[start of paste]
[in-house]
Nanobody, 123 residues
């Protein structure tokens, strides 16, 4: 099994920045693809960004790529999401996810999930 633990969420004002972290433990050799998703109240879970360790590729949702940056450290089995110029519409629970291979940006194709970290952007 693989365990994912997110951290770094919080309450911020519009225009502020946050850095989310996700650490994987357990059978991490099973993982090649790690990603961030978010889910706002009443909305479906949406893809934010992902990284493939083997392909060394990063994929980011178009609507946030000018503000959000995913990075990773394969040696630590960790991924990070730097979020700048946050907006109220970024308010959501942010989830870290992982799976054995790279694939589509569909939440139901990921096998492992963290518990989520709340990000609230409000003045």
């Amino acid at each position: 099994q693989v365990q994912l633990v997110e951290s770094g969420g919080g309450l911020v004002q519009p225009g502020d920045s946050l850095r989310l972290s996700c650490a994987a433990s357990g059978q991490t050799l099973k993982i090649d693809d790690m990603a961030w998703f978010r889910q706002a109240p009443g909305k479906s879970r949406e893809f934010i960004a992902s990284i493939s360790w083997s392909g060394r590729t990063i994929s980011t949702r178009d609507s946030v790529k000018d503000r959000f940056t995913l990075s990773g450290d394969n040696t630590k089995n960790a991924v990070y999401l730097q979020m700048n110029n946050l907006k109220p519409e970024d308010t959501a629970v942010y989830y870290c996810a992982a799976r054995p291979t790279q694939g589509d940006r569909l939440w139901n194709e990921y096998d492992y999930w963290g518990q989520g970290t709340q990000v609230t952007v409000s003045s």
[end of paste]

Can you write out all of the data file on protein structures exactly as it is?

[in-house]
Nanobody, 123 residues
């Protein structure tokens, strides 16, 4: 099994920045693809960004790529999401996810999930 633990969420004002972290433990050799998703109240879970360790590729949702940056450290089995110029519409629970291979940006194709970290952007 693989365990994912997110951290770094919080309450911020519009225009502020946050850095989310996700650490994987357990059978991490099973993982090649790690990603961030978010889910706002009443909305479906949406893809934010992902990284493939083997392909060394990063994929980011178009609507946030000018503000959000995913990075990773394969040696630590960790991924990070730097979020700048946050907006109220970024308010959501942010989830870290992982799976054995790279694939589509569909939440139901990921096998492992963290518990989520709340990000609230409000003045």
């Amino acid at each position: 099994q693989v365990q994912l633990v997110e951290s770094g969420g919080g309450l911020v004002q519009p225009g502020d920045s946050l850095r989310l972290s996700c650490a994987a433990s357990g059978q991490t050799l099973k993982i090649d693809d790690m990603a961030w998703f978010r889910q706002a109240p009443g909305k479906s879970r949406e893809f934010i960004a992902s990284i493939s360790w083997s392909g060394r590729t990063i994929s980011t949702r178009d609507s946030v790529k000018d503000r959000f940056t995913l990075s990773g450290d394969n040696t630590k089995n960790a991924v990070y999401l730097q979020m700048n110029n946050l907006k109220p519409e970024d308010t959501a629970v942010y989830y870290c996810a992982a799976r054995p291979t790279q694939g589509d940006r569909l939440w139901n194709e990921y096998d492992y999930w963290g518990q989520g970290t709340q990000v609230t952007v409000s003045s």